22” And he put all things under his feet and gave him as head over all things to the church, 23 which is his body, the fullness of him who fills all in all.” (Ephesians 1:22–23 (ESV)
The person doing the action in today’s text remains God the Father. The individual receiving the action is God the Son: Jesus Christ. God the Father placed or put all things under His (Jesus’) feet. What does this mean?
The word put (ὑποτάσσω; hypotasso) is an active verb. The word means to bring under control, to become subordinate or subject to an authority. God the Father placed all things, or everything, under the authority and control of God the Son: Jesus Christ. Under His feet is another way of saying that all things are under Jesus’ authority.
God the Father also gave Jesus something more. He made Jesus the head of the church. The word head (κεφαλή; kephale) means the One who has superior status. In other words, Jesus Christ is superior and the supreme authority over the church.
The Apostle Paul then refers to the church using one of the most familiar biblical metaphors: the body of Christ (Ephesians 4:12). The image implies not only unity but also functionality.
The phrase “the fullness of him who fills all in all” is a description of the church. However, its meaning is somewhat obscure. The phrase literally means that the church is completely complete in Christ.
Dr. John Walvoord writes, “The meaning of this description of His body is difficult to determine. The verb “fills” can be taken passively, meaning that Christ, the Head of the body, is filled by the church. That is, as the church grows it completes Christ. However, it is better to understand the word “fills” as in the Greek middle voice: Christ, the Head of the body, fills (for Himself) the church with blessings. The verse could then be rendered, “which is His body, which is being filled by the One who fills all things with all things (blessings).” This interpretation is preferred for these reasons: (1) Nowhere else does the New Testament state that Christ finds fullness from the church. (2) This view fits the context well because the Persons of the Godhead are completing the actions (cf. Eph. 1:10). (3) This view correlates well with 4:10–11 which speaks of Christ giving all things (“the whole universe” is lit., “all things”), namely, gifted people to the church.”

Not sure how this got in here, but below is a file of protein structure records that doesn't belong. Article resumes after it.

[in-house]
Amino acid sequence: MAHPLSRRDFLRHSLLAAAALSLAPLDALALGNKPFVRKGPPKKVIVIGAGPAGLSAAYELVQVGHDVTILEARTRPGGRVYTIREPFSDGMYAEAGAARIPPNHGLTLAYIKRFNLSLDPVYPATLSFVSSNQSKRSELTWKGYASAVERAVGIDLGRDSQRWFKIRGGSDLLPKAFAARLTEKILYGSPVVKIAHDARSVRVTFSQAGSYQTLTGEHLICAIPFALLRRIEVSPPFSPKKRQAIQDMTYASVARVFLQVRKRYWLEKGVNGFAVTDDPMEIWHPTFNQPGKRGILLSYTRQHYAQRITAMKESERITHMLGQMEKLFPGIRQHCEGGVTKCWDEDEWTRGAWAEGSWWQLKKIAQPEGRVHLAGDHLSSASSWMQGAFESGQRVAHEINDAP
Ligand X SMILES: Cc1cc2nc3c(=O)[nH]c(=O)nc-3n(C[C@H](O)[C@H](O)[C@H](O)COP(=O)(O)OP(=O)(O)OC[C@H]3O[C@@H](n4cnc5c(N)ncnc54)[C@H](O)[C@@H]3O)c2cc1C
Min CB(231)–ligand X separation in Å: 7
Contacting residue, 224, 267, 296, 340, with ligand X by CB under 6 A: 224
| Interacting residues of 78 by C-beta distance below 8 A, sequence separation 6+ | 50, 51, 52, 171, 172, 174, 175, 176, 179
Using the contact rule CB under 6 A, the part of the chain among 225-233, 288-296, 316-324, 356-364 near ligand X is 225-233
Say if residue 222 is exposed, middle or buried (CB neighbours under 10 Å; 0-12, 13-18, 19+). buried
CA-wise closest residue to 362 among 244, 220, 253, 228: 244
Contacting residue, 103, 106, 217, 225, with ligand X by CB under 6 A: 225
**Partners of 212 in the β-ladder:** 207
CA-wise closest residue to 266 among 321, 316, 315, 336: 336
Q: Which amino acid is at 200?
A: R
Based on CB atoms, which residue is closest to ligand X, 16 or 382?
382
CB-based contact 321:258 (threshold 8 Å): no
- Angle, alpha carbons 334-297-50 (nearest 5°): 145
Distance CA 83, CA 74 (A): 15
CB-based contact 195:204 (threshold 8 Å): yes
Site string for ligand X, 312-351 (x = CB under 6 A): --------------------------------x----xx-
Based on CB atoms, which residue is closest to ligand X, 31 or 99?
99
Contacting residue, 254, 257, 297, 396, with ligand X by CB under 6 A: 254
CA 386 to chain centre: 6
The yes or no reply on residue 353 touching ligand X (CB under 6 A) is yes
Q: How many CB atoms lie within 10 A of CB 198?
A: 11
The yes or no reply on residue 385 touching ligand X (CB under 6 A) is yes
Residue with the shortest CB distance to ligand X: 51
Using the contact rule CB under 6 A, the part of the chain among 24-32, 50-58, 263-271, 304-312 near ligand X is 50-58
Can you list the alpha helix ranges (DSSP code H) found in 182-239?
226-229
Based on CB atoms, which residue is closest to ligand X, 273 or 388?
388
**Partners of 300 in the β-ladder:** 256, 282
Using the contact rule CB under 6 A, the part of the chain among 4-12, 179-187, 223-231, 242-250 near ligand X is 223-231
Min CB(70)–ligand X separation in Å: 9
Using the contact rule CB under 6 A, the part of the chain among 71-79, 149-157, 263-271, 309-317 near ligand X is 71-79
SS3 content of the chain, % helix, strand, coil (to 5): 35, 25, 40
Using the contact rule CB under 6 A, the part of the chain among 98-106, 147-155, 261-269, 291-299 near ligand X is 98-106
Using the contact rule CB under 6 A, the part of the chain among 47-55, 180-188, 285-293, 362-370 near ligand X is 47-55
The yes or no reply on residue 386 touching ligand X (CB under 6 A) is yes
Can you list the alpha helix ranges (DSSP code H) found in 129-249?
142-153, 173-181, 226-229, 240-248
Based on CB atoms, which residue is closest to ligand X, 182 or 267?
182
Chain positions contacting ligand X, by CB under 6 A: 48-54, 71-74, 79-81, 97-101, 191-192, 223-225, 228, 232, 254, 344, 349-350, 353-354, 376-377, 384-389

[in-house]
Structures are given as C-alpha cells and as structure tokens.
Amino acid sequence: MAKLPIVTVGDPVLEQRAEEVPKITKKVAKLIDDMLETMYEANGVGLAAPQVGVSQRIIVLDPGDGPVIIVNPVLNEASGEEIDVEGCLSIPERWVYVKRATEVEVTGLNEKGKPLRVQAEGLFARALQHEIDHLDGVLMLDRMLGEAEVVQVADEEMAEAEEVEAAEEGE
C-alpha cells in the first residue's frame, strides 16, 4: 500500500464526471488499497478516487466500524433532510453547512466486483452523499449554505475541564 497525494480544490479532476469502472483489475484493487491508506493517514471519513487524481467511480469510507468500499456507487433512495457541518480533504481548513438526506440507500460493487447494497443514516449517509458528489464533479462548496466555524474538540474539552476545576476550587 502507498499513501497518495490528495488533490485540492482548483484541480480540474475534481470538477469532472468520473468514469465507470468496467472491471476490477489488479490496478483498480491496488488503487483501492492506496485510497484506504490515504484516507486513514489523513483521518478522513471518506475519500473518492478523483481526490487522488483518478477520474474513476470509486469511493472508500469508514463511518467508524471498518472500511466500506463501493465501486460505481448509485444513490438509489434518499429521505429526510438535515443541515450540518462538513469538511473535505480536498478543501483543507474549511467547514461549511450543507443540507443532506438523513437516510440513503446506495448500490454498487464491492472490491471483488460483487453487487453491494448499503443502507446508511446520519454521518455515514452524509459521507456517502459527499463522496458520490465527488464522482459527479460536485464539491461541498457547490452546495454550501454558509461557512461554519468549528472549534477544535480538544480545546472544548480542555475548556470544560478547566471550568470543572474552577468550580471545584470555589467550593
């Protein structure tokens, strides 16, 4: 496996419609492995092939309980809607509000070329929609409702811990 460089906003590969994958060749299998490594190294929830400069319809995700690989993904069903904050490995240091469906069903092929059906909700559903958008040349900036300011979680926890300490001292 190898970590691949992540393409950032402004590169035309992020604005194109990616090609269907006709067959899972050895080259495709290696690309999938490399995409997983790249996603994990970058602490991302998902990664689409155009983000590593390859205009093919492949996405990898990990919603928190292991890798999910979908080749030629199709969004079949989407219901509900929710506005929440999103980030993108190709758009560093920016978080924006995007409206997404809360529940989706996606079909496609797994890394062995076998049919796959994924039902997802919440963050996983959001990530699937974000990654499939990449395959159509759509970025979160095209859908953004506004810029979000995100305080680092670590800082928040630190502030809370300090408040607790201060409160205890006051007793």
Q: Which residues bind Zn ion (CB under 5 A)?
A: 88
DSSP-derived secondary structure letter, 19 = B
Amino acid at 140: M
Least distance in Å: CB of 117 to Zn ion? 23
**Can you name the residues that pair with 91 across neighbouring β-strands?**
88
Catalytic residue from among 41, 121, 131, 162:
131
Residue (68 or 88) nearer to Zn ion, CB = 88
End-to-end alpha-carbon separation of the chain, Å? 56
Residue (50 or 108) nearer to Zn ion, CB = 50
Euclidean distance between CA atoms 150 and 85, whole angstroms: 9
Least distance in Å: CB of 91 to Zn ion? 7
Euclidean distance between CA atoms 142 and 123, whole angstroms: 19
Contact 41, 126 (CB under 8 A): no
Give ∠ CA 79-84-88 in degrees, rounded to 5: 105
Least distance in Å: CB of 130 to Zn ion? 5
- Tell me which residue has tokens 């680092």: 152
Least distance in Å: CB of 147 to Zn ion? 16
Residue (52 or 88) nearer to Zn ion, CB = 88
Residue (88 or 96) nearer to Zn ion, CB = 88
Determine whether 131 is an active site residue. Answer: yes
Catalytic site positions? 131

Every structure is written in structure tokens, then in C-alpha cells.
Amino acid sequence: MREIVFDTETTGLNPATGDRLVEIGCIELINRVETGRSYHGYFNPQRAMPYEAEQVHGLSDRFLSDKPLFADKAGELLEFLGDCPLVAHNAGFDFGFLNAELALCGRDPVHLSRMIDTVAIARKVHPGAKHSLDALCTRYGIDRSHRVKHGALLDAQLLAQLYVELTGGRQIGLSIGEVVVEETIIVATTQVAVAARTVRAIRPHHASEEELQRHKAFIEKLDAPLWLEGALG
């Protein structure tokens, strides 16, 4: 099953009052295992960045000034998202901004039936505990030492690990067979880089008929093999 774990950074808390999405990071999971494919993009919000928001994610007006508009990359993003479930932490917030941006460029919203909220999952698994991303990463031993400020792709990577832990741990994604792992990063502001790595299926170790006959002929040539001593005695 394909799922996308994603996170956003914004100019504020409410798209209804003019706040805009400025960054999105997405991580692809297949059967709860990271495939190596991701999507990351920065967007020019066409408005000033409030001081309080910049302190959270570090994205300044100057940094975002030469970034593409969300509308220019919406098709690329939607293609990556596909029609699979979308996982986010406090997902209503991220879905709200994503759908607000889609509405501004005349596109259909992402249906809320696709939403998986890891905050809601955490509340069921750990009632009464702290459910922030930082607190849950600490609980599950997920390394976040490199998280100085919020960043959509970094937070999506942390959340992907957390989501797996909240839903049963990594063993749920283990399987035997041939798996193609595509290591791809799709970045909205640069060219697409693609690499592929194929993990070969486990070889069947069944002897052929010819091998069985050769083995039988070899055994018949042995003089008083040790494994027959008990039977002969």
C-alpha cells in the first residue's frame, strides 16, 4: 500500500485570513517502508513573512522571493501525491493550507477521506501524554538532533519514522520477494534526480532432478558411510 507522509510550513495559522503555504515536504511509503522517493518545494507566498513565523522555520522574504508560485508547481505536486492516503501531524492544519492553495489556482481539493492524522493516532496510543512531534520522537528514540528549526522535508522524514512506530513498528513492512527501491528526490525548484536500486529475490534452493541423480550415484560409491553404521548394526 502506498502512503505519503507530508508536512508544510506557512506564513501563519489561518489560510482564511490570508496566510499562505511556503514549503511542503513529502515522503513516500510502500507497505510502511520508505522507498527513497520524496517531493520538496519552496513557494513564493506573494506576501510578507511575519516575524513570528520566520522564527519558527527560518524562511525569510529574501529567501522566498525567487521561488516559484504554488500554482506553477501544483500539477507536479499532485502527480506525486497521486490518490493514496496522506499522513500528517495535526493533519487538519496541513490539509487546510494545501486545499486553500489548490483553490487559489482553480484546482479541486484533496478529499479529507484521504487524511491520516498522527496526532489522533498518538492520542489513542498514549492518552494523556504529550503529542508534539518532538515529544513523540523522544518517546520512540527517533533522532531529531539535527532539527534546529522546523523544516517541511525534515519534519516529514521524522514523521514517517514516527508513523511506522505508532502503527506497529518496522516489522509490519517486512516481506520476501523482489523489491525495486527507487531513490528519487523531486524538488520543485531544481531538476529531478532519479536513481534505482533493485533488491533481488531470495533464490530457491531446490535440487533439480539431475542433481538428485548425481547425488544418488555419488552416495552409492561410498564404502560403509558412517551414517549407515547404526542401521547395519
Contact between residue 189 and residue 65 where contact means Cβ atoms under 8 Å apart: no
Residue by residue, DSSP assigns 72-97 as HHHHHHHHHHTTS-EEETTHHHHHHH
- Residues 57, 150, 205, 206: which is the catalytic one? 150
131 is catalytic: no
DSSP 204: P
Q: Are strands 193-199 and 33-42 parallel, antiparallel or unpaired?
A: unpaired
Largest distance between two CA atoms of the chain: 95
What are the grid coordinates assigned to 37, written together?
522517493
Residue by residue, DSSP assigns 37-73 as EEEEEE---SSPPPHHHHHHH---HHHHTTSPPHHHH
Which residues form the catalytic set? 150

Today’s text concludes the Apostle Paul’s prayer which began in 1:15. Paul prayed that believers would come to know God intimately (v. 17) in order that they might know three facts: (1) the past call of salvation that produced hope (v. 18), (2) the future inheritance that God has in His saints (v. 18), and (3) the present power of God that is available to believers, which (a) was manifested in the past in Christ’s resurrection and Ascension, (b) will be manifested in the future in Christ’s headship over Creation, and (c) is presently manifested in Christ’s headship over the church.
When you pray today, take the opportunity to thank the Lord for the many blessings which He has given each believer in Christ: pasta, present and future. Have a blessed day.
Soli deo Gloria!